Third place 30 feet tie: Don Stamp – 45; Dave Folk – 39
Worst 543 feet from target: Vlado Lenoch and Mike Keenum – 39311
Mechanical failure: Gary Applebaum – 17
Dog turd 81 feet: Alan Wright – 939
Disqualified, too low: Jim Keller – 675
Disqualified, too many bombs: Matt Throckmorton and Bill Foraker – Texas Twister
Sunday morning was another stunning day. Some early departures like Stamp and Springer buzzed the Marshmellow on their way to Florida. Keller tagged along for a while en route to Ohio. The only Harvard (of Gary Applebaum fame) headed for Minnesota. After a complete briefing from Dave Folk, the rest of us departed for Watervliet, Michigan (40C). Vlado showed his magnificent flying skills with the Big Eagle trophy in the windscreen of the T-6 all the way to Watervliet; someone said he slept with it. Another example of feather bedding, I guess.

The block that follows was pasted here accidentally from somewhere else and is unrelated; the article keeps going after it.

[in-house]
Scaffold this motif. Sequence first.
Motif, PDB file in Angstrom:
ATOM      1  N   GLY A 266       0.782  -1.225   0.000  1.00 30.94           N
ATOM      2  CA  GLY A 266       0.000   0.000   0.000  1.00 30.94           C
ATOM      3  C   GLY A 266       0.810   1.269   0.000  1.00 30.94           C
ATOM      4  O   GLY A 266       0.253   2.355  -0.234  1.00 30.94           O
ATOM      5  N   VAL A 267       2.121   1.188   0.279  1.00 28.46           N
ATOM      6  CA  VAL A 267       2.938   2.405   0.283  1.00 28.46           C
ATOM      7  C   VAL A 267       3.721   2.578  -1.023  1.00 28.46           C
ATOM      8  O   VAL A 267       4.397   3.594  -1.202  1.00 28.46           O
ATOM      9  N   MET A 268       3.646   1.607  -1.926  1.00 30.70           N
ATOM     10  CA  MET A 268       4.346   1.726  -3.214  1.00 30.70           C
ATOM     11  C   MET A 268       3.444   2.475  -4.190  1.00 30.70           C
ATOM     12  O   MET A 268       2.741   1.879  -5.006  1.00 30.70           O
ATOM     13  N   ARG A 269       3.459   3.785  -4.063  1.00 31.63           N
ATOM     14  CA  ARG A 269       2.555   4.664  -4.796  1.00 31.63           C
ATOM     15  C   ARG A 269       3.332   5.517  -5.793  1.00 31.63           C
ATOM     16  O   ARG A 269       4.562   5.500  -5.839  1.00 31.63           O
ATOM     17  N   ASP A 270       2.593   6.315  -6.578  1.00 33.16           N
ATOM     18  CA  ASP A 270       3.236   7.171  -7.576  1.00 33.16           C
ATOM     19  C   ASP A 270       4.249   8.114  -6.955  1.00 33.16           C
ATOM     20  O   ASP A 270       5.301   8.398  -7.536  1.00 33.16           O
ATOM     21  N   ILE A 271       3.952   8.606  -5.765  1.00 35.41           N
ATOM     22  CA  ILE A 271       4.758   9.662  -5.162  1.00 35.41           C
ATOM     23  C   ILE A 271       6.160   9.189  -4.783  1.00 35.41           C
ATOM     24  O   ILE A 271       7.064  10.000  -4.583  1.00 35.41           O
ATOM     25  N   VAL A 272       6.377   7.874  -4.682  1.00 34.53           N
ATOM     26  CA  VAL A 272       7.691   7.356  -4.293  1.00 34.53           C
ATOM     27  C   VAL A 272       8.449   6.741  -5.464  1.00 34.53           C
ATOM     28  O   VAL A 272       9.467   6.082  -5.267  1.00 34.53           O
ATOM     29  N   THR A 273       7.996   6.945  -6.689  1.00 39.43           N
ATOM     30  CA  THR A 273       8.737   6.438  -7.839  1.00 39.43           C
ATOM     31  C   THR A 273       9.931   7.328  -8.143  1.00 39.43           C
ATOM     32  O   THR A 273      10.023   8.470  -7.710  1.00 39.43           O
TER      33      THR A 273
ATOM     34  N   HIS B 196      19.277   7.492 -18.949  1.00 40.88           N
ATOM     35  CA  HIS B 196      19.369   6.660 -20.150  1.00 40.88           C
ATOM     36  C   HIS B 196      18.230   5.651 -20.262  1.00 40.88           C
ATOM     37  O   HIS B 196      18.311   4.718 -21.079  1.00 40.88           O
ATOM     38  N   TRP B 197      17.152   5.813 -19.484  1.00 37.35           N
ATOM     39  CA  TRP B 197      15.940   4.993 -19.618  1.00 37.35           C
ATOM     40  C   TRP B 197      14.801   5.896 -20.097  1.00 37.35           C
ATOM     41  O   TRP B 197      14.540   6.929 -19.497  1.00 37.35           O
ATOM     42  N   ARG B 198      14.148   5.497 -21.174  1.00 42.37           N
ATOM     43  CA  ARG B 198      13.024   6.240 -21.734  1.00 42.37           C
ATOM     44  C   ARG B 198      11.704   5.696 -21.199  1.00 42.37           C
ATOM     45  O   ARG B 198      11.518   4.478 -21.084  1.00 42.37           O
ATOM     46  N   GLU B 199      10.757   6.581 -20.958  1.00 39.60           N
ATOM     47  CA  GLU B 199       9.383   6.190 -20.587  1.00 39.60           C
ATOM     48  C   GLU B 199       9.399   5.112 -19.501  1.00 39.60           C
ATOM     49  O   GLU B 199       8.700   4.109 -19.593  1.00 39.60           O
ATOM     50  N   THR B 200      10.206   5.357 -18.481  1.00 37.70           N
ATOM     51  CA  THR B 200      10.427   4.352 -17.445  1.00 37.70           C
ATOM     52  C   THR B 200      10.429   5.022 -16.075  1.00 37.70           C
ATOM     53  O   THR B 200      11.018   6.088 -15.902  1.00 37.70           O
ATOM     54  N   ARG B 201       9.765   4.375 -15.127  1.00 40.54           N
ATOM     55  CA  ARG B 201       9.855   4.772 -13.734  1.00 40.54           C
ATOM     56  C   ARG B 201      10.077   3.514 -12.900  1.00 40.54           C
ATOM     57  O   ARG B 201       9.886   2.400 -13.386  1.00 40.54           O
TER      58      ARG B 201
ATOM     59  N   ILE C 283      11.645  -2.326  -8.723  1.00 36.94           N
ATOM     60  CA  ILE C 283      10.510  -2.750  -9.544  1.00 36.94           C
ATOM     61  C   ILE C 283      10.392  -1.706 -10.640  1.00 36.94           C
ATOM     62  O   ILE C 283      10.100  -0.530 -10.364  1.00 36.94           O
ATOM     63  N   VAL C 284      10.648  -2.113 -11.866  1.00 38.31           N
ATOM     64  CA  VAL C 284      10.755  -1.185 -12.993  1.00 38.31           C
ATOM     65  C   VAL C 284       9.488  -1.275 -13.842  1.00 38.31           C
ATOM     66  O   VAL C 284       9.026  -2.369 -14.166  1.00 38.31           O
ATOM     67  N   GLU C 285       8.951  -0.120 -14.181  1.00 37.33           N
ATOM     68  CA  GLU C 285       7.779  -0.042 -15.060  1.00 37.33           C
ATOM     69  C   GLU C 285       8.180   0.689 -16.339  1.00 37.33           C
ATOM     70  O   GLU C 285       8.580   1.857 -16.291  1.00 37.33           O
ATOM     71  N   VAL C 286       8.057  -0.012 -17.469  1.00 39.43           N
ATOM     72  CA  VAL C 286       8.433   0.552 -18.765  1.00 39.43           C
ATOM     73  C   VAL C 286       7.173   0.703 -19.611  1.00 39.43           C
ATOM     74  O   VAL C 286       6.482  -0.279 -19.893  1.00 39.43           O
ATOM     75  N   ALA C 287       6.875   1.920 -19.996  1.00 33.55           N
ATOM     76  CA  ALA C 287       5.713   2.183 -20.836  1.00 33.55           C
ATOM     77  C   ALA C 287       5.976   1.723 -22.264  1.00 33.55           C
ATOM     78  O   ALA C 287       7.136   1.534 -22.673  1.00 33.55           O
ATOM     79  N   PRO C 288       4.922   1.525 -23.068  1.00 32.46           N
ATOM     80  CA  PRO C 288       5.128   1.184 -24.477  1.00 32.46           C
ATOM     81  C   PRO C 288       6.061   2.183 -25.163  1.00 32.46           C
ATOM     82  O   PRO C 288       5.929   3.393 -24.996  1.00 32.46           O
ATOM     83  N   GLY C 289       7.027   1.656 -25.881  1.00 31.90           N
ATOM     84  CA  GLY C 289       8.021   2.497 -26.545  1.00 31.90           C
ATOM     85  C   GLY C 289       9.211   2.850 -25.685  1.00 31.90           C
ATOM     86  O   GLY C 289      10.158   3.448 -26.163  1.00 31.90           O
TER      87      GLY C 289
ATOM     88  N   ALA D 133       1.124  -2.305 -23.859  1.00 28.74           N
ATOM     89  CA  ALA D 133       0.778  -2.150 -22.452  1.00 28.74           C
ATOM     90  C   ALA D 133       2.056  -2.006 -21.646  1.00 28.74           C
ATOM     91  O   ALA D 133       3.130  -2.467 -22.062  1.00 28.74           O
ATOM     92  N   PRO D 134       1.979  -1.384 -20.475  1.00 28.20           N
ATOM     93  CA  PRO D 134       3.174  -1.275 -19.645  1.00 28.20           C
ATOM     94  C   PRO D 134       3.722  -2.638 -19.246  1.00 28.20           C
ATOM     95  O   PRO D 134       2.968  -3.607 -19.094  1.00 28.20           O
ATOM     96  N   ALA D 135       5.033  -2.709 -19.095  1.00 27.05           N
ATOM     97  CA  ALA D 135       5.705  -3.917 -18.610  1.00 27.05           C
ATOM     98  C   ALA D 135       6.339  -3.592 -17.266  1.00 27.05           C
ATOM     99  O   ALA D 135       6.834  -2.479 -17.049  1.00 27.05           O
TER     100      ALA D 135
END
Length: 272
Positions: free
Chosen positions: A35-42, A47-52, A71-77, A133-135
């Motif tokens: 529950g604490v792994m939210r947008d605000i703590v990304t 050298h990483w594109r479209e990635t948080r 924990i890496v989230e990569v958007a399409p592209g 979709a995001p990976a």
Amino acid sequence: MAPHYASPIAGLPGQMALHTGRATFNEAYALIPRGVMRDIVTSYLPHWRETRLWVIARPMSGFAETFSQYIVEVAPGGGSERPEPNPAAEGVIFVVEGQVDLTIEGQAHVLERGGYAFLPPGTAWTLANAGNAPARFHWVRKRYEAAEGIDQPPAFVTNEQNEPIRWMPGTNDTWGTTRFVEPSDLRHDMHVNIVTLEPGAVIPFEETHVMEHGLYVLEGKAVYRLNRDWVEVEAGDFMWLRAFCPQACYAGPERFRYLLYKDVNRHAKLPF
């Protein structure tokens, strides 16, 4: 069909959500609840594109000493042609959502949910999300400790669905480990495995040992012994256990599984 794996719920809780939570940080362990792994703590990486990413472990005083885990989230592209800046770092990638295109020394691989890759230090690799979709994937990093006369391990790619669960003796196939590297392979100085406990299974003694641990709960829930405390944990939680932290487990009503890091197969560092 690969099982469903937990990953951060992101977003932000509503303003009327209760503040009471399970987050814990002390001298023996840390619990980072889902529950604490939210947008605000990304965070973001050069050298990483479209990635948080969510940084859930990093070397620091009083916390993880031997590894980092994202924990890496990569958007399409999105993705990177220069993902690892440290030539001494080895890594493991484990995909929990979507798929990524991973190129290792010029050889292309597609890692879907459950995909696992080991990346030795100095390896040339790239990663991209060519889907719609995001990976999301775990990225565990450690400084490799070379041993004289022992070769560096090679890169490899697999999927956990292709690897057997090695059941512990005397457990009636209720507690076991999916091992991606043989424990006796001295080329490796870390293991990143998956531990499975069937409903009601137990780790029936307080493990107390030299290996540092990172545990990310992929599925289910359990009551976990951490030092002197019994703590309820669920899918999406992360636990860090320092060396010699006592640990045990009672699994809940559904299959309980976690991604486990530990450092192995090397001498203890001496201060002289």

At Watervliet we were treated to a fine reception by Al Hartline and his crew. Mike Schiffer in the Corsair was again the star of the gathering, even as Vlado hailed the crowds and pointed to the Big Eagle in his windscreen. Duane Packer went home with his T-28 and brought over his wonderful BT-13.
The Texas Twister made a first in landing on the grass—hello! Matt Throckmorton and Bill Foraker were treated to a first-class indoctrination of T-6 camaraderie. (See the article about their experience at this event here.) Maybe they can bring the rest of the southern Indiana boys up next year. Bob (Turbine Goose Driver) Redner, a newbie T-6 guy, will fit right in with the Michigan crowd now that he has started to learn what formation flying is all about. Maybe he’ll have his wing card by next Alma Air Show which takes place in Michigan.
Well, this wraps up just some of the fun we had at the 2nd Annual Elkhart Warbird Event. I want to acknowledge all that participated with thanks of appreciation in sharing this safe, fun-filled weekend of flying festivities. Too bad cohort Ralphie Lutes had to go to work—thanks for the Jeep. We took pictures of Ralphie’s T-6 with the covers on. Maybe next year he can play, too.